HOUSTON - Long a magnet for families seeking
economic opportunity, Texas appears to have begun to lose population
to other states, probably for the first time in the 150 years since
it gained independence from Mexico.
While firm numbers are not yet available, demographers say most
indicators, such as postal deliveries and housing vacancies, point
to the conclusion that Texas, the third most populous state, after
California and New York, has become a net exporter of people as a
result of the collapse of world oil prices.
The trend is a dramatic reversal for Texas, where relentless
growth has long been almost as much a part of the mystique as
gushers, swaggery oil men and longhorns.
Nearly every aspect of economic and social life in Texas has
been touched by the migration change. Last week Faith West, a
church on the once fast-growing west side of Houston, filed for
bankruptcy protection, citing a drastic fall in membership. On any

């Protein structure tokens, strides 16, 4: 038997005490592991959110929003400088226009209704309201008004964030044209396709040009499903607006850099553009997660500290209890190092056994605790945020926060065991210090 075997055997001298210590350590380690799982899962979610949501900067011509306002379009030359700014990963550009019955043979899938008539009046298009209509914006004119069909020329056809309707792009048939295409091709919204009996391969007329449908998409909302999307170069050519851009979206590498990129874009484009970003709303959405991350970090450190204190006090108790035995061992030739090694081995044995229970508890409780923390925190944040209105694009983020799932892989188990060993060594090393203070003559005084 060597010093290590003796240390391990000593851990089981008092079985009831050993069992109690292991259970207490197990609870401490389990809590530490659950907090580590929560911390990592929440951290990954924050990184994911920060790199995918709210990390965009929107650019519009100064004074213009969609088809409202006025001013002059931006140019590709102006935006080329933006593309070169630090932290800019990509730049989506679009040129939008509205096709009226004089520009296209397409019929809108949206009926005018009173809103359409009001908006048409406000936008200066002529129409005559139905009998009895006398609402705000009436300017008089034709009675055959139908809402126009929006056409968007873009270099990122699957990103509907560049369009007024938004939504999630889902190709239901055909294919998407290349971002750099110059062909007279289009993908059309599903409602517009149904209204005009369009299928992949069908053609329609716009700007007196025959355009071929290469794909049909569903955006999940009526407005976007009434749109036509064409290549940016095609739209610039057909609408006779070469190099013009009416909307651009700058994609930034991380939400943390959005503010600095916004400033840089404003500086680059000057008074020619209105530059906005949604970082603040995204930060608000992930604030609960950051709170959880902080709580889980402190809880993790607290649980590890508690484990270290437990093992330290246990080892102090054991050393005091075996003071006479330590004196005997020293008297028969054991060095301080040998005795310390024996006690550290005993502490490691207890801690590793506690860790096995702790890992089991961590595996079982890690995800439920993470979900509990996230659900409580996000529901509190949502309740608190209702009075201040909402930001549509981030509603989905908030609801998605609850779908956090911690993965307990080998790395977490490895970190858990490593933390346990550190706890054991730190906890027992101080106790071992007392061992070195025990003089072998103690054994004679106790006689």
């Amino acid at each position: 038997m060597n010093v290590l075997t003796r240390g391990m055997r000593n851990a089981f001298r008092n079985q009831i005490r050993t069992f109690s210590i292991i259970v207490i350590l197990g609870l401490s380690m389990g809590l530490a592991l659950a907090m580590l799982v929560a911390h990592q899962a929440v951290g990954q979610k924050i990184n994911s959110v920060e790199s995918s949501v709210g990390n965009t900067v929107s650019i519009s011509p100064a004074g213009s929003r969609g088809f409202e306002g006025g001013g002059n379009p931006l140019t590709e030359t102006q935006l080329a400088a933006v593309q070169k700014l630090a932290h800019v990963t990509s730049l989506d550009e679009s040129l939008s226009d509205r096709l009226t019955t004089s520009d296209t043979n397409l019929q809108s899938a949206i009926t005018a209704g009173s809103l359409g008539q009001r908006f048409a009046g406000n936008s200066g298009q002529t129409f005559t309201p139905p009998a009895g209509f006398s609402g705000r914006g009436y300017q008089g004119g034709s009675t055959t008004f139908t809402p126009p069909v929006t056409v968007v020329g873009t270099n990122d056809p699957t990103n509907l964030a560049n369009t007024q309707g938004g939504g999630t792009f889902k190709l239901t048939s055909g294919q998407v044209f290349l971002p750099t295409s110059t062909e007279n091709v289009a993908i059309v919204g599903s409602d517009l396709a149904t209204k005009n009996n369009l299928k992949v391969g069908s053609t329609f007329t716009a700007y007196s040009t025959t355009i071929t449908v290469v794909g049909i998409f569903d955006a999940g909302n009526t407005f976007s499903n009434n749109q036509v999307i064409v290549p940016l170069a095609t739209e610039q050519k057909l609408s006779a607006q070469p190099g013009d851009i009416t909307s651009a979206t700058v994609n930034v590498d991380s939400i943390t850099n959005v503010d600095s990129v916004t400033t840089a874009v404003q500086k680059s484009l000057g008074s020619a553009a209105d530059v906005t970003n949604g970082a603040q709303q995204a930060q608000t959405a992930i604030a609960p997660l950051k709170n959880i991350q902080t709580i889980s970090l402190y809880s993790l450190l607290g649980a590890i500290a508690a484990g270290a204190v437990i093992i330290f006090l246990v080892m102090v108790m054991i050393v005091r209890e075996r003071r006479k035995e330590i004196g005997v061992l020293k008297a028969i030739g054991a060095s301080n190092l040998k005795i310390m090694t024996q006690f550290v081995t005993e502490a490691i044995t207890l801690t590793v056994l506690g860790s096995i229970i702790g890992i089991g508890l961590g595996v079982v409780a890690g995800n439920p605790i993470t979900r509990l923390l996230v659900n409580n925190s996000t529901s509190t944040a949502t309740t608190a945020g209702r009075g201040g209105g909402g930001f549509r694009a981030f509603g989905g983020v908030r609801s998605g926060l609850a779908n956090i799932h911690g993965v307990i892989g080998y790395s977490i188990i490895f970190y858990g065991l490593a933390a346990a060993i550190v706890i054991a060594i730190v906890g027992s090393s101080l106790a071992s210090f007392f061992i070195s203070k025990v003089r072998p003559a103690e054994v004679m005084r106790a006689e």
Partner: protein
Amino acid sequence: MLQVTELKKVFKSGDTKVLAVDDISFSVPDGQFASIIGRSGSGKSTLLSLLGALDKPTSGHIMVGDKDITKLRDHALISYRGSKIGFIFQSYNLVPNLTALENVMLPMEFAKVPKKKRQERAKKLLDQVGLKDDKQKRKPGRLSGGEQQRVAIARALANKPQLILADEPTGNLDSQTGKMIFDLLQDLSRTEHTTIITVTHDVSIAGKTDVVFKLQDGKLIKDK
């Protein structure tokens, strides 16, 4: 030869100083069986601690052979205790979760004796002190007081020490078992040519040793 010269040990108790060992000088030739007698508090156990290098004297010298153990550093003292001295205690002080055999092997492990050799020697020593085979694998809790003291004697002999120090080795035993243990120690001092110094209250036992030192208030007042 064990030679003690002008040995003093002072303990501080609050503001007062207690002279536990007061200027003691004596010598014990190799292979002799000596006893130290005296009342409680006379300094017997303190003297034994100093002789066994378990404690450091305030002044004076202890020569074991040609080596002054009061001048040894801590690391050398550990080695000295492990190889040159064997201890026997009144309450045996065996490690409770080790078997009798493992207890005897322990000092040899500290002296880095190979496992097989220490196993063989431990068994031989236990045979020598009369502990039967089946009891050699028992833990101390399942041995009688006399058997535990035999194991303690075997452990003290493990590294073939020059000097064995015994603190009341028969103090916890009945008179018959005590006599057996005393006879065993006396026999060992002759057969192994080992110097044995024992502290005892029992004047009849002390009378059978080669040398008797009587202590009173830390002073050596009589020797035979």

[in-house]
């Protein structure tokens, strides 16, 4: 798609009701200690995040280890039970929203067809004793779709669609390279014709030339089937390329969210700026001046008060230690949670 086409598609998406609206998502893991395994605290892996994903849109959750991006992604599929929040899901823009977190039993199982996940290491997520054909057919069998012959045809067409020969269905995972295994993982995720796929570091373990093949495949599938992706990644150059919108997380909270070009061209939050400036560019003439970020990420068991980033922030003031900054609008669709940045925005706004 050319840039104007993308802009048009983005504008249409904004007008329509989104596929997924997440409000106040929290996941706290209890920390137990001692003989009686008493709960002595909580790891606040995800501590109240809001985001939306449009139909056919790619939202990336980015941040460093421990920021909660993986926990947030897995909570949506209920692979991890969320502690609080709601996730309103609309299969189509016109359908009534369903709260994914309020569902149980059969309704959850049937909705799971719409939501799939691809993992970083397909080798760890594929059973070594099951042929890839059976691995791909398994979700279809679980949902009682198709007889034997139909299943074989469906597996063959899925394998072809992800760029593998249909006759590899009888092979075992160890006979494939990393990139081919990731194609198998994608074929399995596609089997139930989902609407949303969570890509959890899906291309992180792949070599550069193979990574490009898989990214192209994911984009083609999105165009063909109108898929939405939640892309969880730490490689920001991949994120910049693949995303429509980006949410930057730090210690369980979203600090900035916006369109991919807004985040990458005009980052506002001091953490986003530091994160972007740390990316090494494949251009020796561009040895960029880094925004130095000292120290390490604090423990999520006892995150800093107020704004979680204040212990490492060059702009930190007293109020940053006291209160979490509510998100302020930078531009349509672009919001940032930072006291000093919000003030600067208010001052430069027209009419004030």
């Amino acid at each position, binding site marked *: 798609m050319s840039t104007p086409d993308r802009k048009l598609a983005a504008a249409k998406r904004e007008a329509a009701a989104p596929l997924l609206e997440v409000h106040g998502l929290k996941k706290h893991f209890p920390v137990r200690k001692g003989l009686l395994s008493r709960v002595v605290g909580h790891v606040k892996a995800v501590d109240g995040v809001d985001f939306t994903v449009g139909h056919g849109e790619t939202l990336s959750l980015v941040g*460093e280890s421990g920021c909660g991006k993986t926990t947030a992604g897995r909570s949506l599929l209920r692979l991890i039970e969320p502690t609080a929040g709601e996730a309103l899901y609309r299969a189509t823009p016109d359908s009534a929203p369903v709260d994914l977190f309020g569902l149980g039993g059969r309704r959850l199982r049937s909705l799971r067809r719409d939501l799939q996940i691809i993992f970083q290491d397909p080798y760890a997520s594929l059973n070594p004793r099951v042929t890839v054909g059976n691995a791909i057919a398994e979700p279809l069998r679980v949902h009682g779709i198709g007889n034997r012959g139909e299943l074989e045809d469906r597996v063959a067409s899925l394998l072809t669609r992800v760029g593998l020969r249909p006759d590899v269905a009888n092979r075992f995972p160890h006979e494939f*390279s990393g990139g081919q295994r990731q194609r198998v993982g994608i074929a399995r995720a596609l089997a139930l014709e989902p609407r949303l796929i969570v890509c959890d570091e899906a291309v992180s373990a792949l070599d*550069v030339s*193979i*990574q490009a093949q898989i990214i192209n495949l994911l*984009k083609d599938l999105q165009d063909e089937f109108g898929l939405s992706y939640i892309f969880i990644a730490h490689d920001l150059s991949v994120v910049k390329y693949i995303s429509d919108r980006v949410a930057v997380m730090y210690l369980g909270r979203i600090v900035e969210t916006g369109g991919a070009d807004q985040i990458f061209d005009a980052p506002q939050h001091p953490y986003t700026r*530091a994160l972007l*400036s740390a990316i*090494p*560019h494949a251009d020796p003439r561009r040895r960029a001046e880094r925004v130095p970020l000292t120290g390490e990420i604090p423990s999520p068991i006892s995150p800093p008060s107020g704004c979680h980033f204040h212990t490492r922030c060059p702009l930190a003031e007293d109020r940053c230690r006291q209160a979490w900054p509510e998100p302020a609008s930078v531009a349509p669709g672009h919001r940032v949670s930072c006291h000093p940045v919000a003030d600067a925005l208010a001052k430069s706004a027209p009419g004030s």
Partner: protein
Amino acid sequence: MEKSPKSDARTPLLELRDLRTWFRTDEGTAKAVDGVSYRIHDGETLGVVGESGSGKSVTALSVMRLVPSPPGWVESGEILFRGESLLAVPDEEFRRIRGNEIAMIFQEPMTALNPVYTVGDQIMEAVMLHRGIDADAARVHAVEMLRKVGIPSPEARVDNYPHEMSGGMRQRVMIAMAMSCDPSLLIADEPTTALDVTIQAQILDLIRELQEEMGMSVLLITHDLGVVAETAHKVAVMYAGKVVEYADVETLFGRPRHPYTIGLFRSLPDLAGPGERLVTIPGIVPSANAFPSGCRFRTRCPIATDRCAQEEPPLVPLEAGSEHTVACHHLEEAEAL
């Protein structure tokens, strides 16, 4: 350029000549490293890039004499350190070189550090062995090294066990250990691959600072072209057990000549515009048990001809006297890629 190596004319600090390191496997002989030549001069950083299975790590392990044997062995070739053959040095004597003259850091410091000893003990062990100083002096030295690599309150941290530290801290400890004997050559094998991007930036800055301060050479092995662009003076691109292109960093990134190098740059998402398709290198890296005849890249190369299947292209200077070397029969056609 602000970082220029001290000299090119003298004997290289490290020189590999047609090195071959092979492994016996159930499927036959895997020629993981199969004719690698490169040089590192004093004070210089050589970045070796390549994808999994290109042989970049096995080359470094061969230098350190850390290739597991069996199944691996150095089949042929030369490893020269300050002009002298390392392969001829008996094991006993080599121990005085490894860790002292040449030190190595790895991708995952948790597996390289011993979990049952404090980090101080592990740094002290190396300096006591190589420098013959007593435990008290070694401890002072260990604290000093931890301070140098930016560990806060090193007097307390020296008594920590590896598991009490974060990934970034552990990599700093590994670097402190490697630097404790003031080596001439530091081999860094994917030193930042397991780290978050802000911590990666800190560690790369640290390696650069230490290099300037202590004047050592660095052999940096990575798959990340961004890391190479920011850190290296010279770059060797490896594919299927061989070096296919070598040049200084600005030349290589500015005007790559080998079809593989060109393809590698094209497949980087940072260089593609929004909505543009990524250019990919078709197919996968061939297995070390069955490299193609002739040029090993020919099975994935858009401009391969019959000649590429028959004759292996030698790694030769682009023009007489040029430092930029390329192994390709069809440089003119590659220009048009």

day 8,500 of the 17,000 hospital beds in Harris County, which inclu
Further, nearly one of every five apartments is vacant in the
Houston area, and average apartment rents have fallen to $303 a
month, about the lowest of any major city, according to Real Estate
Valuations and Consultants. While not so heavily affected as
Houston by the population slowdown, Dallas, Fort Worth, Austin and
San Antonio also find themselves greatly overbuilt, with property
values and rents dropping in many areas.
Apart from neighboring states, Texans are moving mainly to
California and Florida, as well as to such Northern industrial
states as Illinois, Michigan, Ohio and New York, which were the
sources of huge waves of migrants in Texas's boom years.
According to new forecasts by economists for the Texas
Comptroller of Public Accounts, Texas will incur a net out-migration
of 41,000 people next year, assuming oil remains at an average price
of slightly over $15 a barrel for the year.
Numerous experts say the tide has already turned. C.A. Kasdorf
III, a demographer with the Houston Chamber of Commerce, estimates
that 100,000 more people will have moved out of Texas than into the
state from other states this year, with about half this loss coming
from the hard-hit Houston area. By contrast, as recently as
1981-82, at the height of the oil boom, Texas experienced a net
influx of nearly 400,000, according to the Census Bureau. …